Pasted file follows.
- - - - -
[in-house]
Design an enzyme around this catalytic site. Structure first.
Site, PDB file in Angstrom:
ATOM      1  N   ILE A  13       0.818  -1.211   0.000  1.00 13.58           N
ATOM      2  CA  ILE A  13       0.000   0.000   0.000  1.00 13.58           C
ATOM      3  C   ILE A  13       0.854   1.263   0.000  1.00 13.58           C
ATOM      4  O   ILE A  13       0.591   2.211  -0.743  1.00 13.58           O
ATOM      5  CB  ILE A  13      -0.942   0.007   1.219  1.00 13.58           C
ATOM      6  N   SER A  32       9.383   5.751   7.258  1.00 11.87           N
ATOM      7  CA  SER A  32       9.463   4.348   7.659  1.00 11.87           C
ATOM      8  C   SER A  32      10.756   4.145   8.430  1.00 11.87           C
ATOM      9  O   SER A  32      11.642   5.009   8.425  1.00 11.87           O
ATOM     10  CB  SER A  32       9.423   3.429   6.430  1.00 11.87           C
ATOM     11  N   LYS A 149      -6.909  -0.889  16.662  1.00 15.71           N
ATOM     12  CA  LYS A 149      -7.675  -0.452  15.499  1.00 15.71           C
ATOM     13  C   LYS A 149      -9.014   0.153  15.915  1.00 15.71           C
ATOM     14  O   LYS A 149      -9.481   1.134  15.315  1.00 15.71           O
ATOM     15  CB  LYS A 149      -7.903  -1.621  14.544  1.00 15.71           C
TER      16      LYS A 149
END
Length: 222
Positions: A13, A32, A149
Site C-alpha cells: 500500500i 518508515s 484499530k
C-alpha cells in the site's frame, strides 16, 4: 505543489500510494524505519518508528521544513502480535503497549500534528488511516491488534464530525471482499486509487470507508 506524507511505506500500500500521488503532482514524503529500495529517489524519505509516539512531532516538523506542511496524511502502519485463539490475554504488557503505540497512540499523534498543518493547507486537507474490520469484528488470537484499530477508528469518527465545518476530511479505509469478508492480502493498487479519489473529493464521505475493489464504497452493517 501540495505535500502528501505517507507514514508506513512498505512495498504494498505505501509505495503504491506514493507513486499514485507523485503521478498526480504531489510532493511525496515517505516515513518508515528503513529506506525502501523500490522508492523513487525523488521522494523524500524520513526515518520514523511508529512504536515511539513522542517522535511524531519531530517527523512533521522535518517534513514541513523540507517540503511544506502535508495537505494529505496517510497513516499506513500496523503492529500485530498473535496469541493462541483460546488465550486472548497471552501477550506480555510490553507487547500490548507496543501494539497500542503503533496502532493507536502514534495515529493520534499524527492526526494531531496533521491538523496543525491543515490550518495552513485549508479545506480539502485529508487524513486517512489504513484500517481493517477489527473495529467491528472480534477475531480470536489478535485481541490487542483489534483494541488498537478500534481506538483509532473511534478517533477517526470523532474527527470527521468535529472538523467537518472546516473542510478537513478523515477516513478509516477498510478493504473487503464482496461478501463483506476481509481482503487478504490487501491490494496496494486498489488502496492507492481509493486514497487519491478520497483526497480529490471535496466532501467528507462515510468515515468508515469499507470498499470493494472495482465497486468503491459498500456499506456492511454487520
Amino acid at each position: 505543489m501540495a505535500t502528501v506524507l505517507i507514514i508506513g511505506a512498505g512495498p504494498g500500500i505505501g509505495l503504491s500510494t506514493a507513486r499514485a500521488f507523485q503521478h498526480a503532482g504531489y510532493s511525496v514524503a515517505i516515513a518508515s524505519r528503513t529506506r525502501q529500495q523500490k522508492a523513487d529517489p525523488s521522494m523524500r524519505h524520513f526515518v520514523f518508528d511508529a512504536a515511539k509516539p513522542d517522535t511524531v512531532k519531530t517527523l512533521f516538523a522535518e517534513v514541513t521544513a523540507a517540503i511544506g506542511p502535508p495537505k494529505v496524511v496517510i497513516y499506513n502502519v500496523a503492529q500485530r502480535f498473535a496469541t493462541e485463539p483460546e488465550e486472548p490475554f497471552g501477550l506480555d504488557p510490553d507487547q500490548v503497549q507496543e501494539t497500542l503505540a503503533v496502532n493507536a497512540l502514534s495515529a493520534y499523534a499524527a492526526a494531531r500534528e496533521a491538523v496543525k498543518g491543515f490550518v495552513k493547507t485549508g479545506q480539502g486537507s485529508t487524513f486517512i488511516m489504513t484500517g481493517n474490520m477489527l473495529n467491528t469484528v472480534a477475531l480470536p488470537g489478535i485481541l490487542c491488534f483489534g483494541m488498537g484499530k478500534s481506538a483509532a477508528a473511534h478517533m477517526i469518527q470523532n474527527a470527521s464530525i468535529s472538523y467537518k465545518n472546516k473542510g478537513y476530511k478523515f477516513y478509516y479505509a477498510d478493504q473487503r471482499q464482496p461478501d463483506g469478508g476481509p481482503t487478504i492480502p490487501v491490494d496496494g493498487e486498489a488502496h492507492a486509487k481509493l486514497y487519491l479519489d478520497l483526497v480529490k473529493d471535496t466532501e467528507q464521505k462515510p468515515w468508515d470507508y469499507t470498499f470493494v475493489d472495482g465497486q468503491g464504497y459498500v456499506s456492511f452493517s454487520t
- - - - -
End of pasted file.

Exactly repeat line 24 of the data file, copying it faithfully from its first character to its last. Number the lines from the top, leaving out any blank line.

C-alpha cells in the site's frame, strides 16, 4: 505543489500510494524505519518508528521544513502480535503497549500534528488511516491488534464530525471482499486509487470507508 506524507511505506500500500500521488503532482514524503529500495529517489524519505509516539512531532516538523506542511496524511502502519485463539490475554504488557503505540497512540499523534498543518493547507486537507474490520469484528488470537484499530477508528469518527465545518476530511479505509469478508492480502493498487479519489473529493464521505475493489464504497452493517 501540495505535500502528501505517507507514514508506513512498505512495498504494498505505501509505495503504491506514493507513486499514485507523485503521478498526480504531489510532493511525496515517505516515513518508515528503513529506506525502501523500490522508492523513487525523488521522494523524500524520513526515518520514523511508529512504536515511539513522542517522535511524531519531530517527523512533521522535518517534513514541513523540507517540503511544506502535508495537505494529505496517510497513516499506513500496523503492529500485530498473535496469541493462541483460546488465550486472548497471552501477550506480555510490553507487547500490548507496543501494539497500542503503533496502532493507536502514534495515529493520534499524527492526526494531531496533521491538523496543525491543515490550518495552513485549508479545506480539502485529508487524513486517512489504513484500517481493517477489527473495529467491528472480534477475531480470536489478535485481541490487542483489534483494541488498537478500534481506538483509532473511534478517533477517526470523532474527527470527521468535529472538523467537518472546516473542510478537513478523515477516513478509516477498510478493504473487503464482496461478501463483506476481509481482503487478504490487501491490494496496494486498489488502496492507492481509493486514497487519491478520497483526497480529490471535496466532501467528507462515510468515515468508515469499507470498499470493494472495482465497486468503491459498500456499506456492511454487520